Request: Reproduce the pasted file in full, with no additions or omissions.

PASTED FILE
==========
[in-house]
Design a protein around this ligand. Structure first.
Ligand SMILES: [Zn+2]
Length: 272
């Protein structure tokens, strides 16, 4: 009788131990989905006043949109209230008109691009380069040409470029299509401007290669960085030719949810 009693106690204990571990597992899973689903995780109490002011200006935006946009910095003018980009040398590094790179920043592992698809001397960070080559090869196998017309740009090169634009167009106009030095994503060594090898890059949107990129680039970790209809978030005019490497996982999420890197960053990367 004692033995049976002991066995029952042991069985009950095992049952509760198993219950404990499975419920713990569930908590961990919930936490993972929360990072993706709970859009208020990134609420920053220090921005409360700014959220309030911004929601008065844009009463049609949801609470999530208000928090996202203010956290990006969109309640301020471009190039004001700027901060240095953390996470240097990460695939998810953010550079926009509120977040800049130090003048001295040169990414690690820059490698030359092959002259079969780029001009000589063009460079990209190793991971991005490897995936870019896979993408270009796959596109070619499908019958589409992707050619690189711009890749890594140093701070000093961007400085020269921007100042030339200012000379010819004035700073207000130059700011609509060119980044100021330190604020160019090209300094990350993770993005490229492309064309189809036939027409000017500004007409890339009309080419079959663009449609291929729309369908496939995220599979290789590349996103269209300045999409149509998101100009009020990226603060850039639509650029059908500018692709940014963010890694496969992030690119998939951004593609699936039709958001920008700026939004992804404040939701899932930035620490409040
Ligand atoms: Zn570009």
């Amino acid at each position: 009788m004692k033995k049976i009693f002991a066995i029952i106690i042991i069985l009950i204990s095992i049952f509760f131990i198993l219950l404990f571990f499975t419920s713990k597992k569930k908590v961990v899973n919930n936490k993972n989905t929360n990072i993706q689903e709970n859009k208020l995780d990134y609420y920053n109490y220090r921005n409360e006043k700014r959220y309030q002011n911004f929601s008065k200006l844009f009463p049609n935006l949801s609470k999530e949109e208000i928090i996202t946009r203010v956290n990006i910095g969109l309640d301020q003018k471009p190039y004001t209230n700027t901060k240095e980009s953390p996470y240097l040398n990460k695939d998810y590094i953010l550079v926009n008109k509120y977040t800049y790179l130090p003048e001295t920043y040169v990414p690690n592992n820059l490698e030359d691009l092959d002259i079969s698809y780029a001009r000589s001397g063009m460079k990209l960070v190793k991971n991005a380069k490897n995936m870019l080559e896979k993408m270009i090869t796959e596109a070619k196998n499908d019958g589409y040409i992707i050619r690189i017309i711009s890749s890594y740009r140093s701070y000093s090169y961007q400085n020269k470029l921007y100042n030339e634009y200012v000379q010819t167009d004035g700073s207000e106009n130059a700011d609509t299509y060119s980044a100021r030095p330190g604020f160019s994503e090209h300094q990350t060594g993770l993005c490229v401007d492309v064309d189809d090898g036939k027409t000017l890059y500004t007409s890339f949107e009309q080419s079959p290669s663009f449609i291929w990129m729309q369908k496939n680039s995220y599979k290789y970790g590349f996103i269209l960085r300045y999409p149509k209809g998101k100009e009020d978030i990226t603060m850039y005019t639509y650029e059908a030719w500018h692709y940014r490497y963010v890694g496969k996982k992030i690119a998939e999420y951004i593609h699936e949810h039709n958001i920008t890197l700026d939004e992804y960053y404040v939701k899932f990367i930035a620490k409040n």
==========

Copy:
[in-house]
Design a protein around this ligand. Structure first.
Ligand SMILES: [Zn+2]
Length: 272
């Protein structure tokens, strides 16, 4: 009788131990989905006043949109209230008109691009380069040409470029299509401007290669960085030719949810 009693106690204990571990597992899973689903995780109490002011200006935006946009910095003018980009040398590094790179920043592992698809001397960070080559090869196998017309740009090169634009167009106009030095994503060594090898890059949107990129680039970790209809978030005019490497996982999420890197960053990367 004692033995049976002991066995029952042991069985009950095992049952509760198993219950404990499975419920713990569930908590961990919930936490993972929360990072993706709970859009208020990134609420920053220090921005409360700014959220309030911004929601008065844009009463049609949801609470999530208000928090996202203010956290990006969109309640301020471009190039004001700027901060240095953390996470240097990460695939998810953010550079926009509120977040800049130090003048001295040169990414690690820059490698030359092959002259079969780029001009000589063009460079990209190793991971991005490897995936870019896979993408270009796959596109070619499908019958589409992707050619690189711009890749890594140093701070000093961007400085020269921007100042030339200012000379010819004035700073207000130059700011609509060119980044100021330190604020160019090209300094990350993770993005490229492309064309189809036939027409000017500004007409890339009309080419079959663009449609291929729309369908496939995220599979290789590349996103269209300045999409149509998101100009009020990226603060850039639509650029059908500018692709940014963010890694496969992030690119998939951004593609699936039709958001920008700026939004992804404040939701899932930035620490409040
Ligand atoms: Zn570009």
């Amino acid at each position: 009788m004692k033995k049976i009693f002991a066995i029952i106690i042991i069985l009950i204990s095992i049952f509760f131990i198993l219950l404990f571990f499975t419920s713990k597992k569930k908590v961990v899973n919930n936490k993972n989905t929360n990072i993706q689903e709970n859009k208020l995780d990134y609420y920053n109490y220090r921005n409360e006043k700014r959220y309030q002011n911004f929601s008065k200006l844009f009463p049609n935006l949801s609470k999530e949109e208000i928090i996202t946009r203010v956290n990006i910095g969109l309640d301020q003018k471009p190039y004001t209230n700027t901060k240095e980009s953390p996470y240097l040398n990460k695939d998810y590094i953010l550079v926009n008109k509120y977040t800049y790179l130090p003048e001295t920043y040169v990414p690690n592992n820059l490698e030359d691009l092959d002259i079969s698809y780029a001009r000589s001397g063009m460079k990209l960070v190793k991971n991005a380069k490897n995936m870019l080559e896979k993408m270009i090869t796959e596109a070619k196998n499908d019958g589409y040409i992707i050619r690189i017309i711009s890749s890594y740009r140093s701070y000093s090169y961007q400085n020269k470029l921007y100042n030339e634009y200012v000379q010819t167009d004035g700073s207000e106009n130059a700011d609509t299509y060119s980044a100021r030095p330190g604020f160019s994503e090209h300094q990350t060594g993770l993005c490229v401007d492309v064309d189809d090898g036939k027409t000017l890059y500004t007409s890339f949107e009309q080419s079959p290669s663009f449609i291929w990129m729309q369908k496939n680039s995220y599979k290789y970790g590349f996103i269209l960085r300045y999409p149509k209809g998101k100009e009020d978030i990226t603060m850039y005019t639509y650029e059908a030719w500018h692709y940014r490497y963010v890694g496969k996982k992030i690119a998939e999420y951004i593609h699936e949810h039709n958001i920008t890197l700026d939004e992804y960053y404040v939701k899932f990367i930035a620490k409040n």